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Developing PCK requires a certain level of subject matter knowledge, and teachers have a different understanding of subject matter than a person who specializes in that same field. A chemistry teacher and a ‘practicing’ chemist both have subject matter knowledge in chemistry; however, the knowledge is applied differently.
I am sharing a hack I use in my standards based grading (SBG) classroom to help things run more smoothly.
Let me share some tips I learned reading the Advanced Placement Chemistry Exam in Salt Lake City, Utah.
This strategy has been very helpful in establishing relevance to topics taught and in making connections between topics taught within a unit. It also provides a way for students to ask questions and make written explanations of phenomena, which are “Science and Engineering Practices” of NGSS.
Did you figure out how the experiment in Chemical Mystery #14 was performed? The solution is presented here!
Like many AP Chemistry teachers, I was not fond of teaching Photoelectron Spectroscopy (PES). Surprisingly, I fell in love with teaching PES in AP Chemistry this year after I made an old-school change.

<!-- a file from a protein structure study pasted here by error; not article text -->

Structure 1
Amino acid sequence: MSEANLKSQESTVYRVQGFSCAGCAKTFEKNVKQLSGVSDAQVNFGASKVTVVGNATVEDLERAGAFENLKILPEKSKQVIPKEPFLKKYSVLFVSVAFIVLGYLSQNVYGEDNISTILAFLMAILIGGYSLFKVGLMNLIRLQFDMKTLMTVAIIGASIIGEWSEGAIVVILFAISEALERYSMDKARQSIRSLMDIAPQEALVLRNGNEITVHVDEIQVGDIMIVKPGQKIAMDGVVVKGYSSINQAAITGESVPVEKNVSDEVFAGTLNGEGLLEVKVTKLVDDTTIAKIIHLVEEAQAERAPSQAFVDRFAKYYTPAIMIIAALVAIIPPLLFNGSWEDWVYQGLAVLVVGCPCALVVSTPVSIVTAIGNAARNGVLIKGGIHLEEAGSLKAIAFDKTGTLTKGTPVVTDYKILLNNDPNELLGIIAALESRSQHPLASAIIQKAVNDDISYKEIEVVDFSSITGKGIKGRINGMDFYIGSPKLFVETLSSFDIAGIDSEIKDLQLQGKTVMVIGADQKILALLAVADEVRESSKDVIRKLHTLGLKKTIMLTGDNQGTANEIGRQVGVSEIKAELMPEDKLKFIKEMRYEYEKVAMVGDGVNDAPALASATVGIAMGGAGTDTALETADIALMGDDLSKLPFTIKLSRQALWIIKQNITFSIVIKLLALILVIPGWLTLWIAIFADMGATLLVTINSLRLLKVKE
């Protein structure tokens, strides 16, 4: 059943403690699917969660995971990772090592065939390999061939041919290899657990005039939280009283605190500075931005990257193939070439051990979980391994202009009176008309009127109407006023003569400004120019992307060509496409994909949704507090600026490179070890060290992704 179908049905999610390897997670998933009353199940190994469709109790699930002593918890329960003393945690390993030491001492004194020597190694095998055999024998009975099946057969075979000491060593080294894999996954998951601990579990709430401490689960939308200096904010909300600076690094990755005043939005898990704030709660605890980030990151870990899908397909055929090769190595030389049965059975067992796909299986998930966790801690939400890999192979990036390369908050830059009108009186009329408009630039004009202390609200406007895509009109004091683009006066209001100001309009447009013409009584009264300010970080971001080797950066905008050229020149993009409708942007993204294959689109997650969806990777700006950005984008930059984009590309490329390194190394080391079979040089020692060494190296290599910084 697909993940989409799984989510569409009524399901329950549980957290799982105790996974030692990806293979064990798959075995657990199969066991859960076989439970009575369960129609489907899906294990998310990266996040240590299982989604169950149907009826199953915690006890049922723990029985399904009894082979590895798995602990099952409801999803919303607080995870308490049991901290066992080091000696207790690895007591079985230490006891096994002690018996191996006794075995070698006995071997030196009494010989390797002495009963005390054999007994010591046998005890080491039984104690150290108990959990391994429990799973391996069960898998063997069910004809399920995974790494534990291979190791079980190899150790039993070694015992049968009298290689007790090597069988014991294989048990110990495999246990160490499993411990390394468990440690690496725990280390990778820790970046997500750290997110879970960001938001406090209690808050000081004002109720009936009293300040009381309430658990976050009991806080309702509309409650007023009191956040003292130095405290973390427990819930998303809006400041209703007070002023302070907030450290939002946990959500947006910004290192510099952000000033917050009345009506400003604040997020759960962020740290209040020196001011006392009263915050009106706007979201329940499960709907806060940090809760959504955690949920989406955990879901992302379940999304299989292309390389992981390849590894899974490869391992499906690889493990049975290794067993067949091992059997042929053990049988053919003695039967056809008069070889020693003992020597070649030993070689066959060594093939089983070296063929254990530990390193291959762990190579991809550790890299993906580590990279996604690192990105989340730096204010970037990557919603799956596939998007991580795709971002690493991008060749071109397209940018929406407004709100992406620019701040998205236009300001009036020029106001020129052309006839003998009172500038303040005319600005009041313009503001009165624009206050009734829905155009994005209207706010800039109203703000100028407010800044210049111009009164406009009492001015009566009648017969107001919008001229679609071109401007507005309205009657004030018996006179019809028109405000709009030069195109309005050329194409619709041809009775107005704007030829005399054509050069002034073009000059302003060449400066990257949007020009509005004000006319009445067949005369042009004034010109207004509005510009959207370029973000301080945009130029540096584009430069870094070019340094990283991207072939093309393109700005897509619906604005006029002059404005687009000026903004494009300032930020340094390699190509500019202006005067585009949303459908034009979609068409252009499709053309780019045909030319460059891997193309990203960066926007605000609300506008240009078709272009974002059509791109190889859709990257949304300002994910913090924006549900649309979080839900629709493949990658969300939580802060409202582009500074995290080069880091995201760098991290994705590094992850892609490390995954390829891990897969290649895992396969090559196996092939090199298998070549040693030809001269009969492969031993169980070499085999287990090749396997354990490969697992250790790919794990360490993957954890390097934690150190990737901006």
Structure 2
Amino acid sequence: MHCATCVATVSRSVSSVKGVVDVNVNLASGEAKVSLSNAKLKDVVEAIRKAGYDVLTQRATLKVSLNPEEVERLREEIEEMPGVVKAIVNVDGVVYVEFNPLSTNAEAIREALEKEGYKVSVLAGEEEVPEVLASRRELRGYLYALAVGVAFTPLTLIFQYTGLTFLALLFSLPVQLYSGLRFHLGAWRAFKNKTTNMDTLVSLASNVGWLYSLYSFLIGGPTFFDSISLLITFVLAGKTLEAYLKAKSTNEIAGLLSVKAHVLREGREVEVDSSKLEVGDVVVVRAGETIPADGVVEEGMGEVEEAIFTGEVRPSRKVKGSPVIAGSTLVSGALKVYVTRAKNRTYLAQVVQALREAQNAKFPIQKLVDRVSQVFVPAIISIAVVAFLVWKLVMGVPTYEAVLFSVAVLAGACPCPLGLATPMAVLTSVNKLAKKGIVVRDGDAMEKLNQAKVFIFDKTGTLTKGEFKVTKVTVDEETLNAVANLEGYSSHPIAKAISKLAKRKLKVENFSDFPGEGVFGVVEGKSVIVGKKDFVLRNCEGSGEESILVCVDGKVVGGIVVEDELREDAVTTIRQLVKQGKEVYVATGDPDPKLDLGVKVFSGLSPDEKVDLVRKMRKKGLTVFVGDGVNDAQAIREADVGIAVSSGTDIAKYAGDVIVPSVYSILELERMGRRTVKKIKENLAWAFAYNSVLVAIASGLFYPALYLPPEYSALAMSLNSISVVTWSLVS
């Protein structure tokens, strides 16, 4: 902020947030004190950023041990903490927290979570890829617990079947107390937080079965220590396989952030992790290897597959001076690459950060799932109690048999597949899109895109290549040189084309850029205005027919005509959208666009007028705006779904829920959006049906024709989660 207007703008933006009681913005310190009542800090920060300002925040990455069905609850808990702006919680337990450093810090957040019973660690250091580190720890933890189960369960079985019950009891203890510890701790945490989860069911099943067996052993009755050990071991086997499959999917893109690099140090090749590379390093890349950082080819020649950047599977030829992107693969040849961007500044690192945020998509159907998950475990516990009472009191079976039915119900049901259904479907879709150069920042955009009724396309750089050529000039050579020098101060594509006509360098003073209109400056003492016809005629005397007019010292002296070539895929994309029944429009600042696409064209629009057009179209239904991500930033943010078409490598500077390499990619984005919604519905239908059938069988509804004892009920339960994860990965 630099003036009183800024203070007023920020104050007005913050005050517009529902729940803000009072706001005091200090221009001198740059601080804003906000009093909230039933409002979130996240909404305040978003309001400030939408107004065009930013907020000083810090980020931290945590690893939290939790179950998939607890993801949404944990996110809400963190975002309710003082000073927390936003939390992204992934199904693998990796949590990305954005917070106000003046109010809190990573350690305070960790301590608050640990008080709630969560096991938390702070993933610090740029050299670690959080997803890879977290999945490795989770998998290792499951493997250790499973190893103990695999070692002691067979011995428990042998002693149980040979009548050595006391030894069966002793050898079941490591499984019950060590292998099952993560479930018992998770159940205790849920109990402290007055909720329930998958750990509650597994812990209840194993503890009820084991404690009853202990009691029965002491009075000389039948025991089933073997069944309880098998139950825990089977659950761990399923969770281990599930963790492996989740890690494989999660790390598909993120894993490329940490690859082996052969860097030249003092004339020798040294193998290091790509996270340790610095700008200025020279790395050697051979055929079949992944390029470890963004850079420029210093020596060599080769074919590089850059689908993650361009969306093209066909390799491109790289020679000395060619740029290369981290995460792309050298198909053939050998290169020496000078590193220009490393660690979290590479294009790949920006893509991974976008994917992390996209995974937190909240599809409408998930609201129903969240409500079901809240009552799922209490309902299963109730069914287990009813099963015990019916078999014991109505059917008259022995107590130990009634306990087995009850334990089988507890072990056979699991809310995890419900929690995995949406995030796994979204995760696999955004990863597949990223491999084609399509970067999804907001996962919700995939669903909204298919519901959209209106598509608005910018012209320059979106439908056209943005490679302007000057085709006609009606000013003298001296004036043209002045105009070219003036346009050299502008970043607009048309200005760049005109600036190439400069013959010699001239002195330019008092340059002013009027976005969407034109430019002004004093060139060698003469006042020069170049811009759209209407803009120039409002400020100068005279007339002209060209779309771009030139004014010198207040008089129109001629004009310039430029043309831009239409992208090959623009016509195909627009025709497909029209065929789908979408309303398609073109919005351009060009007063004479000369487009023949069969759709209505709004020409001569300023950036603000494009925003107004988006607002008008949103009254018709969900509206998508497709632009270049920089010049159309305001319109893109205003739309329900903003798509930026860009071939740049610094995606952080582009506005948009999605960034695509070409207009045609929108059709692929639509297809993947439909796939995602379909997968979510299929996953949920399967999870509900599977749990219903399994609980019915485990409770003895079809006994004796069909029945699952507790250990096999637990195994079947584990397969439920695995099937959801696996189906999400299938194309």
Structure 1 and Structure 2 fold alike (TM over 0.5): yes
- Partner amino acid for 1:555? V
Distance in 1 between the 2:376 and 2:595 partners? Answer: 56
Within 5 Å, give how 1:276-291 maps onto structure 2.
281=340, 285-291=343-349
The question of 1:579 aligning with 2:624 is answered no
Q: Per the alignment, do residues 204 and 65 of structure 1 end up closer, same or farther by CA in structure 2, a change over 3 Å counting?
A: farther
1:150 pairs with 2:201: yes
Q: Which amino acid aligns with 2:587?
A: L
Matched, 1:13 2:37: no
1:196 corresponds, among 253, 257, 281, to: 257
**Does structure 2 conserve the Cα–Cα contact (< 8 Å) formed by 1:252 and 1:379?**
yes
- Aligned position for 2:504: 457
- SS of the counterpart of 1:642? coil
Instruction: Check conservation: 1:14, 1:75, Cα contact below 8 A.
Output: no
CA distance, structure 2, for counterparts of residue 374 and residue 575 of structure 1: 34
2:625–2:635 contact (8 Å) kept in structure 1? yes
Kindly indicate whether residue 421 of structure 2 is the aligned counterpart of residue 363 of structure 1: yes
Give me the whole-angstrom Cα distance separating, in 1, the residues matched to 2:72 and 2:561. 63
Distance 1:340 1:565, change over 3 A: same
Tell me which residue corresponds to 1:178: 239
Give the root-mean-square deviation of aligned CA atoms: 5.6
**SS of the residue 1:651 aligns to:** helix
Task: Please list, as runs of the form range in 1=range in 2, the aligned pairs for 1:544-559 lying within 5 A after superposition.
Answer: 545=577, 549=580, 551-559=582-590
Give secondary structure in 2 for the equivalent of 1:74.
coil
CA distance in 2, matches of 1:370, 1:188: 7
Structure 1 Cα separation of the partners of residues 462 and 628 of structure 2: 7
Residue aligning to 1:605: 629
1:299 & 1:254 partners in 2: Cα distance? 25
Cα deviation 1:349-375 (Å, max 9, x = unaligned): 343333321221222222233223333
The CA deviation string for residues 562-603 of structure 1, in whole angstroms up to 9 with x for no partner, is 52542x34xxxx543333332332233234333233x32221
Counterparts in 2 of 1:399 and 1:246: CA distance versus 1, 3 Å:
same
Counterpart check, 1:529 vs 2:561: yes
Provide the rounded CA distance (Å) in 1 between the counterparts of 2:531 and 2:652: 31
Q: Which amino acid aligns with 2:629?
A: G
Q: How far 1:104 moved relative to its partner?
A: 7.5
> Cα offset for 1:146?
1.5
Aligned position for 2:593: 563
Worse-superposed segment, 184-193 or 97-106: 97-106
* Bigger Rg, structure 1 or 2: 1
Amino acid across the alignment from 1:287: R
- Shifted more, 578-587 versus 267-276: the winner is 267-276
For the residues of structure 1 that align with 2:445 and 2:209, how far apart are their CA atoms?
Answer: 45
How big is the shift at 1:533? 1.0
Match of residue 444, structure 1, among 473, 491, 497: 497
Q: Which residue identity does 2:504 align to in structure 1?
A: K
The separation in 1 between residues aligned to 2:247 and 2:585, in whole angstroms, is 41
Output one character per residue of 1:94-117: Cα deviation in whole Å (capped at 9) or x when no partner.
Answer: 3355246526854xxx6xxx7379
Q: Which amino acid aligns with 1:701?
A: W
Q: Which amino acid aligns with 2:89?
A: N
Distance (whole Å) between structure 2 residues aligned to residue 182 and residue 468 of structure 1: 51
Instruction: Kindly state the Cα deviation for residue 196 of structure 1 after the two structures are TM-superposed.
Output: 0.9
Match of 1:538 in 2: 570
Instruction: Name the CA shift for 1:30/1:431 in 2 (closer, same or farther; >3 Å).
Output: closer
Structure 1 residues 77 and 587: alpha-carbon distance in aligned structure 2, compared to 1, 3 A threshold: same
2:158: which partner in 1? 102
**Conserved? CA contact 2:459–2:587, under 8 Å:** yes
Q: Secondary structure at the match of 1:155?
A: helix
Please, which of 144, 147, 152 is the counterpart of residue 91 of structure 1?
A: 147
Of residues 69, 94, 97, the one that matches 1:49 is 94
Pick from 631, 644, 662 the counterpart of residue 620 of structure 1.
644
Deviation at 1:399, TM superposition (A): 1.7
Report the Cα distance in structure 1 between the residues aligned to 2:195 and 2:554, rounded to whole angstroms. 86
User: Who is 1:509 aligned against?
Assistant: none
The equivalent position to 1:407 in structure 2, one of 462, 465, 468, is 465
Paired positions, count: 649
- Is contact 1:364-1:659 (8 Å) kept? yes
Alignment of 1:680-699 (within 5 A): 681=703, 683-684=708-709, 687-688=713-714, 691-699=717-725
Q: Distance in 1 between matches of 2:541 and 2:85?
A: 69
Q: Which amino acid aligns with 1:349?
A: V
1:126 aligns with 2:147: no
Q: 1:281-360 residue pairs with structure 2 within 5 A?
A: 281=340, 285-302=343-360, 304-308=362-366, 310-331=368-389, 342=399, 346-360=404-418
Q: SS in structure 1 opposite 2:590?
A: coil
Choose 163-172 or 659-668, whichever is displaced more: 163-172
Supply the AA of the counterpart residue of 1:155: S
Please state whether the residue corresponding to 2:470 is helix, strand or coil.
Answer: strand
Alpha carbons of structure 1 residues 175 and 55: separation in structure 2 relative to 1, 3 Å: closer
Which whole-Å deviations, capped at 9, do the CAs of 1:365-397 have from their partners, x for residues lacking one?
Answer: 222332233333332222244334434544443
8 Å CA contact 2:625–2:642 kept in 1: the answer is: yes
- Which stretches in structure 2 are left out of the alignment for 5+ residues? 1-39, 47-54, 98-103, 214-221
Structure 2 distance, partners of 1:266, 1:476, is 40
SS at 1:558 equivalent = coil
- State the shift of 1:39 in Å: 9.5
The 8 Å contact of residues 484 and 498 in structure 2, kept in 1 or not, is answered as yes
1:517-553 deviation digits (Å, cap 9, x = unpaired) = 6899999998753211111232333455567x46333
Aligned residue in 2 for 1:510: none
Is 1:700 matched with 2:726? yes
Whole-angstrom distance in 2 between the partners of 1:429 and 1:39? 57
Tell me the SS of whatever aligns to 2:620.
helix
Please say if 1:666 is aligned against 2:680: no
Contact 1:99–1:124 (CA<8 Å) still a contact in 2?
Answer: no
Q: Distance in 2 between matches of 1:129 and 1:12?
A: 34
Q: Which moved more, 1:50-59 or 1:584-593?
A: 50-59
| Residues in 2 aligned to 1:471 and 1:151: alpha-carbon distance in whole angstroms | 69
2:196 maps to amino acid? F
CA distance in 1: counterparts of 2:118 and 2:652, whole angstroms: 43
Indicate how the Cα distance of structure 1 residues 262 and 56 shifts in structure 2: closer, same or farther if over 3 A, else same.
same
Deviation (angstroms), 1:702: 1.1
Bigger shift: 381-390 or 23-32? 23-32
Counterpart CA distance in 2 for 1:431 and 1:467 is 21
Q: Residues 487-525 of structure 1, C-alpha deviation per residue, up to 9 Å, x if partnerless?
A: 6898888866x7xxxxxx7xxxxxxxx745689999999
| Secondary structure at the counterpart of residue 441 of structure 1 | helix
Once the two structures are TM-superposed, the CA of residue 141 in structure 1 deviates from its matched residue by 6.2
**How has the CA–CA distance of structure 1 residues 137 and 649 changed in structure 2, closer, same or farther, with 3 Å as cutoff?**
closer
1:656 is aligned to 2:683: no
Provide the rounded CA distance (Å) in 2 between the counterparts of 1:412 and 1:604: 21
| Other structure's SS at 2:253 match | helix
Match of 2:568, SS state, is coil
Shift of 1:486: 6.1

Given a guiding question, students determined what they wanted to test, did the experiment and got their CER boards ready for review. Instead of a regular argumentation session, we had a glow and grow session, where students had to provide positive and negative feedback for each board.
You can figure out how this Valentine's Day experiment was done...if you know your chemistry, that is!
Molecule Monday is an opportunity to engage students in the chemistry of everyday life.
We all know how fundamental the mole concept is for stoichiometry. This year I brainstormed ways to really make it stick. I decided to do multiple mini-practicums, one for each learning target of the mole unit. I am sharing brief descriptions of the mini-practicums I did for each learning target.